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## Interstellar Shocks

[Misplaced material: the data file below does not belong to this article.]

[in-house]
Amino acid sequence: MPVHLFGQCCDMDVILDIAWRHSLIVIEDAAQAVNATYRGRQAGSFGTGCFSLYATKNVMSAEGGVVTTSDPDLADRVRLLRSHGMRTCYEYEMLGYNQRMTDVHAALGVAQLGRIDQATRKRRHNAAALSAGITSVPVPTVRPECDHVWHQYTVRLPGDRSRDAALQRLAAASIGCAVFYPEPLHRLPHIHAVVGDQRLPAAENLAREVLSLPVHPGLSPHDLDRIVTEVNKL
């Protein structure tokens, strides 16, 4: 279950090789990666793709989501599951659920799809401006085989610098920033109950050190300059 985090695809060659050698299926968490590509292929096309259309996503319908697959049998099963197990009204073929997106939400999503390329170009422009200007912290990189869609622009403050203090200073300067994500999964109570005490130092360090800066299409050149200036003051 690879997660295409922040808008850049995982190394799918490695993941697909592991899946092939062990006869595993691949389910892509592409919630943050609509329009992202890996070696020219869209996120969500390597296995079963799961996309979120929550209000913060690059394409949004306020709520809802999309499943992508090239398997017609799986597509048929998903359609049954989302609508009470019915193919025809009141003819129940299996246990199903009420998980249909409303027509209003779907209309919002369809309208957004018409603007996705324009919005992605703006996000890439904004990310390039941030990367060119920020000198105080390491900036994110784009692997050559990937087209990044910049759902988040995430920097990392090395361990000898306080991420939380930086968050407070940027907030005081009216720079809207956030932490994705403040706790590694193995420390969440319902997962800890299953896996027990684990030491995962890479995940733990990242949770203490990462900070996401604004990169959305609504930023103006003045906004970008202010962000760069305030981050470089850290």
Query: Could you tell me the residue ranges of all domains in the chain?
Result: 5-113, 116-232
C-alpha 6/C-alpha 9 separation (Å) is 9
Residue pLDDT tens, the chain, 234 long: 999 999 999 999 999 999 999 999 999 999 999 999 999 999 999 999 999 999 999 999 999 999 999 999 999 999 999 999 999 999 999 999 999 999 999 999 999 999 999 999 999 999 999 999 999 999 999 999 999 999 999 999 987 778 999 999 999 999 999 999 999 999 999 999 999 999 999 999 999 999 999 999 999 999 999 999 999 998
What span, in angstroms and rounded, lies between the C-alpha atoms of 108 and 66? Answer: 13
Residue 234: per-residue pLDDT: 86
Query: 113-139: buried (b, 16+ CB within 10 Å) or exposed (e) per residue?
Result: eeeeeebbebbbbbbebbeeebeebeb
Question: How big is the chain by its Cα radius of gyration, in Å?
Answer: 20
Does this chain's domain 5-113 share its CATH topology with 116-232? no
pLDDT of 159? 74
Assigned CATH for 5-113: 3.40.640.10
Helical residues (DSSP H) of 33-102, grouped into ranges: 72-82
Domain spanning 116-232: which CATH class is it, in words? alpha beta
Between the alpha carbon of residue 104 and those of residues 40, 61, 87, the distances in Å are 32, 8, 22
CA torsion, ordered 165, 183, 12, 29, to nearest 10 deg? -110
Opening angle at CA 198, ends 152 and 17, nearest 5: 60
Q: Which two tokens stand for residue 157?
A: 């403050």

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**Interstellar Shocks**Tom Hartquist University of Leeds**Outline**• Thermally Unstable Shocks and Cosmic Ray Moderation – Supernova Remnants • Shocks and Clumps – Triggering Star Formation • Shocks in Dense Molecular Regions – Stars Strike Back**Clumpy Ejecta**• Ejecta are rich in heavy elements and observations of their spectra are made to diagnosis nuclear burning in the explosion • Shock entering the ejecta suffers significant radiative losses • Density enhancement behind shock entering the ejecta increases from 4 as radiative losses occur**Thermal Instability**• Falle (1975); Langer, Chanmugum, and Shaviv (1981); Imamura, Wolfe, and Durisen (1984) showed that single fluid, non-magnetic, radiative shocks are unstable if the logarithmic temperature derivative (ALPHA) of the energy radiated per unit time per unit volume is less than a critical value • Pittard, Dobson, Durisen, Dyson, Hartquist, and O’Brien (2005) investigated the dependence of thermal stability on Mach number and boundary conditions**Do Magnetic Fields Affect the Themal Instability?**• Interstellar magnetic pressure is comparable to interstellar thermal pressure (about 1 eV/cc) • Immediately behind a strong shock propagating perpendicular to the magnetic field, the magnetic pressure increases by a factor of 16 • Immediately behind a strong shock the thermal pressure increases by roughly the Mach number squared**Magnetic pressure limits the ultimate compression behind a**strong radiative shock, but it does not affect the thermal instability**How About Cosmic Rays?**• In interstellar medium the pressure due to roughly GeV protons is comparable to the thermal pressure. • Krymskii (1977); Axford et al. (1977); Blandford and Ostriker (1978); Bell (1978) showed that shocks are the sites of first order Fermi acceleration of cosmic rays. • Studies were restricted to adiabatic shocks but indicated that cosmic ray pressure is great enough to modify the thermal fluid flow.**Two Fluid Model of Cosmic Ray Modified Adiabatic Shocks**• Volk, Drury, and McKenzie (1984) used such a model to study the possible cosmic ray acceleration efficiency • Thermal fluid momentum equation includes the gradient of the cosmic ray pressure • Thermal fluid equation for its entire energy includes a corresponding term containing cosmic ray pressure**Equation governing cosmic ray pressure derived from**appropriate momentum moment of cosmic ray transport equation including diffusion – diffusion coefficient is a weighted mean • Concluded that for a large range of parameter space most ram pressure is converted into cosmic ray pressure and that the compression factor is 7 rather than 4 behind a strong shock**Two Fluid Model of Cosmic Ray Modified Radiative Shocks**• Developed by Wagner, Falle, Hartquist, and Pittard (2006)**Cosmic Ray Pressure Held Constant Over Whole Grid Until t =**0**Problems**• Compression is much less than observed • Too high of a fraction of ram pressure goes into cosmic ray pressure which is inconsistent with comparable interstellar themal and cosmic ray pressures**Possible Solution**• Drury and Falle (1986) showed that if the length scale over which the cosmic ray pressure changes is too small compared to the diffusion length an acoustic instability occurs • Wagner, Falle, and Hartquist (2007, 2009) assumed that energy transfer from cosmic rays to thermal fluid then occurs**Do Winds Induce or Halt Star Formation?**• Purely hydrodynamic models of winds interacting with clumps of Pittard, Dyson, Falle, and Hartquist (2005)**Hierarchical density structure in molecular clouds**• Emission line maps of the Rosette Molecular Cloud(Blitz 1987)**Shock Induced Formation of a Giant Molecular Cloud**• A GMC typically contains 100 magnetically dominated translucent clumps with number densities of 300 – 1000 molecules/cc and masses of 30 to 3000 solar masses each • The thermal pressure to magnetic pressure ratio is about 0.03 to 0.1 in such clumps**Van Loo, Falle, and Hartquist (2007) performed ideal MHD**studies of shocks interacting with 10,000K regions in which the thermal and magnetic pressures are initially equal. • The shocks drive the pressure above the threshold for thermal instability to develop**Dynamical evolution**Interaction of shock with initially warm, thermally stable cloud which is in pressure equilibrium with hot ionised gas Mach 2.5 (but similar for other moderate values)**Dynamical evolution**12CO • Typical GMC values: n ≈ 20 cm-3 & R ≈ 50 pc • High-mass clumps in boundary and low-mass • clumps inside cloud precursors of stars • Similar to observations of e.g. W3 GMC (Bretherton 2003)**Shocks in Star Forming Regions**• Low ionisation fraction (< 10-7) • Molecular clouds threaded by magnetic fields electromagnetic forces act only on charged particles Significantly changes shock structure**C-type shocks**• Different shock structures: • J-type shock: • discontinuous compression jump • C-type shock: • all flow variables continuous • depends on vS and vA,I (B and ρ)**Dust grains**Dust is dynamically important Havnes, Hartquist & Pilipp (1987) • Makes up ~1% of total mass • Dust grain charging by ions and electrons • determines grain charge**Previous studies of dusty C-type shocks**• Perpendicular steady shocks (Draine, Roberge & Dalgarno 1983) • Oblique steady shocks (Pilipp & Hartquist 1994) only intermediate-mode shocks • Oblique fast-mode shocks (Wardle 1998) • Time-dependent models (Ciolek & Roberge 2002) decouple v// and v**S. Falle (2003) - S. Van Loo et al. (2009) code**• Time-dependent multifluid MHD code • Species: neutrals, ions, electrons + ‘N’ x grains • Mass transfer between fluids ionisation, recombination, flow onto grains,… • Momentum transfer between fluids collisions with neutrals • Energy transfer between fluids line cooling (OI, CO & H2O), cosmic ray heating,… • Average grain charge**Velocity along shock normal**Results • Oblique shock ~ 45° • nH = 106 cm-3 • B = 1 mG • T = 26.7 K • rg = 0.4 micron • ρg = 0.01 ρn • vs = 25 km/s**Results: oblique shock**Fluid temperature and grain charge Tangential B-field**Velocity along shock normal**Results: two grain species • Inclusion of 2nd grain species • Mathis-Rumpl-Nordsieck • distribution (n ~ r-3.5): • rs = 0.04 micron • ρg + ρs = 0.01ρn ⇒ Smaller shock width ⇒ Large grains move between ions/electrons and neutrals**Results: two grain species**Ionisation fraction and grain charge density**Grain-neutral relative speed**Future work • SiO emission in YSOs • SiO frozen onto grains in dense • molecular regions • SiO in gas phase associated with • shocks and outflows • grain-grain collisions • sputtering of grains • Expand work of Caselli, Hartquist & Havnes (1997) • time dependence of emission • inhomogeneous upstream region